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Note this main post will be updated often with various storm news and updates in original post as well as in the comments below.
We sometimes spin off major hurricanes into new discussions in USFRA's Disaster Preparedness group so watch below main post for updates and links.
(Note: The most recent comments are at the bottom and all comments updates are dated. Some older comments may be edited out so members & visitors don't have to wade through too many updates.)
Per National Hurricane Center as of 19-May-2020 7a CDT:
Tropical Storm Arthur is centered at 5a EDT about 380 miles (610 km) SSW of Cape Hatteras, North Carolina. It's moving toward the NNE near 9 mph (15 km/h) and will turn NE during next 24 to 48 hours.
On the forecast track, Arthur will remain well offshore the east coast of Florida, Georgia, and South Carolina today, and then move near or just east of the coast of North Carolina on Monday.
Maximum sustained winds are near 40 mph (65 km/h) with higher gusts. Tropical-storm-force winds extend outward up to 80 miles (130 km) from the center. Some strengthening is forecast to occur during the next 48 hours. Arthur is likely to lose its tropical characteristics on Tuesday.
Arthur is expected to produce total rain accumulations of 1 to 3 inches over coastal North Carolina tonight and Monday, with locally higher amounts. Swells generated by Arthur are affecting portions of the east coast of Central and North Florida. These swells are expected to spread northward during the next few days, and could cause life-threatening surf and rip current conditions across much of the U.S. southeast and mid-Atlantic coasts. Get the latest updates at www.hurricanes.gov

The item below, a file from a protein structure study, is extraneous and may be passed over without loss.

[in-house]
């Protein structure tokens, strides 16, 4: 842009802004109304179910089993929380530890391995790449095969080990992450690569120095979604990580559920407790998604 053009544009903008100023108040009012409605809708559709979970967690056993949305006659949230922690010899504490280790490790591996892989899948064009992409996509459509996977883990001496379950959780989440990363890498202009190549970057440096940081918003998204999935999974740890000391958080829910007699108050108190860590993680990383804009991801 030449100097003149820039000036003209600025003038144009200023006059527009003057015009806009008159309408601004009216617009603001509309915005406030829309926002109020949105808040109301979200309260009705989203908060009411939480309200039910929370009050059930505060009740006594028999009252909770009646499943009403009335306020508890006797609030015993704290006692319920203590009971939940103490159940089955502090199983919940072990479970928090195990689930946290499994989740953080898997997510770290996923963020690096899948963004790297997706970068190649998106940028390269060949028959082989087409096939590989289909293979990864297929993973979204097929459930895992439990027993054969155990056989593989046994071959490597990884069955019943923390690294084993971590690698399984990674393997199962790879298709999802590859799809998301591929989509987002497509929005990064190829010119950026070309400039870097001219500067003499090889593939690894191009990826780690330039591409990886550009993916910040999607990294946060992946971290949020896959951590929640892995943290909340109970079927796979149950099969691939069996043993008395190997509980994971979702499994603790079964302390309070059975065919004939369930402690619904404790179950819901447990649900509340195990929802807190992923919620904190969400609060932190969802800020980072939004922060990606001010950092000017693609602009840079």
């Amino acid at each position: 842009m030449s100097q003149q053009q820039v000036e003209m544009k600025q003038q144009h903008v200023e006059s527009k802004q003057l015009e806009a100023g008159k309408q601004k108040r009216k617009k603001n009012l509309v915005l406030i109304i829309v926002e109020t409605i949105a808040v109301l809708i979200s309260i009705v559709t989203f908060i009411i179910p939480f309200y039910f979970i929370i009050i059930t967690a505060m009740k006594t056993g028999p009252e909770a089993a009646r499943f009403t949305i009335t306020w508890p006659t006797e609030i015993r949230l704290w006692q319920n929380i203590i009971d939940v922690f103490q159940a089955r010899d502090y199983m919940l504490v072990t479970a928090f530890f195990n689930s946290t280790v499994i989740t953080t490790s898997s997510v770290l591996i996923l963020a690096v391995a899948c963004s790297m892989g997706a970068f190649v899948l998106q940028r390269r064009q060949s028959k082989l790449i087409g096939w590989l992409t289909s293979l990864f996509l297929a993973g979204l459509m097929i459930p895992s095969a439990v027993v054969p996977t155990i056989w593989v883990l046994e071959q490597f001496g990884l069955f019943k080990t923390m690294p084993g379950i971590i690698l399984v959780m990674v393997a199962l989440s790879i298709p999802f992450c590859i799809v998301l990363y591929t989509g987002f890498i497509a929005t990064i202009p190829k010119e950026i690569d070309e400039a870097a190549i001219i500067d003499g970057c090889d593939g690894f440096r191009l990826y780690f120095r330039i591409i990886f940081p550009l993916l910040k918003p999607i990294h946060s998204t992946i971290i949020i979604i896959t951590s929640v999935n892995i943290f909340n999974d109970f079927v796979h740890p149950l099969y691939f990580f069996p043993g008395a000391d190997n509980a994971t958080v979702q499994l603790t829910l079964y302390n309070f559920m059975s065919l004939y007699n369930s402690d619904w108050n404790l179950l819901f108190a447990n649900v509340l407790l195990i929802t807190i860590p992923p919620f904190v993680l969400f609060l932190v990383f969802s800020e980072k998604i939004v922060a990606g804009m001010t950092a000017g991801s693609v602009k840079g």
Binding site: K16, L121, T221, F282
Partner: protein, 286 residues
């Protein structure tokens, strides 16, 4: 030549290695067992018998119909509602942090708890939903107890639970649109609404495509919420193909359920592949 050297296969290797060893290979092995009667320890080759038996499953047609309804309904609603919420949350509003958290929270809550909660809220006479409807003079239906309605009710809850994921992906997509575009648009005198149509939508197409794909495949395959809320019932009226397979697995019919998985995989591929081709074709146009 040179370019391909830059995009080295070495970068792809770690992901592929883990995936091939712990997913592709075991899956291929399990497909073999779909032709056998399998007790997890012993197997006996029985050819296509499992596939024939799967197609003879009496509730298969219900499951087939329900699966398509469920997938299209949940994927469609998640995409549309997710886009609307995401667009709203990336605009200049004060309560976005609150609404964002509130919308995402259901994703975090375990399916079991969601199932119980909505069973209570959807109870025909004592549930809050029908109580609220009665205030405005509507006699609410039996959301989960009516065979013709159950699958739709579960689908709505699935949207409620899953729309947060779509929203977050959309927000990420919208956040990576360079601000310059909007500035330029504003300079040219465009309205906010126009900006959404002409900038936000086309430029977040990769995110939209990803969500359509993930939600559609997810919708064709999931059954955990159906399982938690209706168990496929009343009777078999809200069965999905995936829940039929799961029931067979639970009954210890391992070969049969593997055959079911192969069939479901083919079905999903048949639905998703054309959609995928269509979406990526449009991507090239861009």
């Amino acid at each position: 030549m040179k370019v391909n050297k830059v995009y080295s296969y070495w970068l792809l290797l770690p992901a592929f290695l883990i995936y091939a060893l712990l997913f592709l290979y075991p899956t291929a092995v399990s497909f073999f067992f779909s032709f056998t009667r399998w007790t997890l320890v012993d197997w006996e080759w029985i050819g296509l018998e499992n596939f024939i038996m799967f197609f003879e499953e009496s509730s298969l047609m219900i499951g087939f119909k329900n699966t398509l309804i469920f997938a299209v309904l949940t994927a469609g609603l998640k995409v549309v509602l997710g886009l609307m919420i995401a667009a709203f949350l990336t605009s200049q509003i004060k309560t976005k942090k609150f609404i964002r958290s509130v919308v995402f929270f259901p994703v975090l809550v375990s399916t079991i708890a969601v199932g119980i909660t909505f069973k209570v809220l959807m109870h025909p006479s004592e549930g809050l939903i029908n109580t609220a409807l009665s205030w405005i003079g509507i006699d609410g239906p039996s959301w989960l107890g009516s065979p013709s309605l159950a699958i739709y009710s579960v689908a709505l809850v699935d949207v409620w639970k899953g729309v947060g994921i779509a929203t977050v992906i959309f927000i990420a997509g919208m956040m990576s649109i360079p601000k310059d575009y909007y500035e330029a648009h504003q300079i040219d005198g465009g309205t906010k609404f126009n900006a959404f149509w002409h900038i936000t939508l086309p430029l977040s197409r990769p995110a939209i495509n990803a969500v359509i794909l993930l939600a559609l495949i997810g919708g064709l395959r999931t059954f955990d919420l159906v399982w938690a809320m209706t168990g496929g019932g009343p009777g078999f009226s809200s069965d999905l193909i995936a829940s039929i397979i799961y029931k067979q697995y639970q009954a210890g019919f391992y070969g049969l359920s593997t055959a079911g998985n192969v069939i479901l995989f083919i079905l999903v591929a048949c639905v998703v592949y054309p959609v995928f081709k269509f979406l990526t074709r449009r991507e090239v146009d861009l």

When a major hurricane occurs we may start a new discussion but for now, stay current on Atlantic, Gulf and Pacific activity in below comments. Also follow USFRA on Facebook since we share resources and updates there.
Keep in mind hurricane season runs from May/June through November so, if you live along the coast or know someone who does, use and please share these USFRA resources to learn how to prepare for hurricanes and storms:
Again please share these resources with others ~ esp. those along the Atlantic and Gulf coasts.
Oh boy, here we go with more of the COVID-19 going out of control I can see it now, lets just hope the people use mask and stay the 6 feet apart, I doubt it but.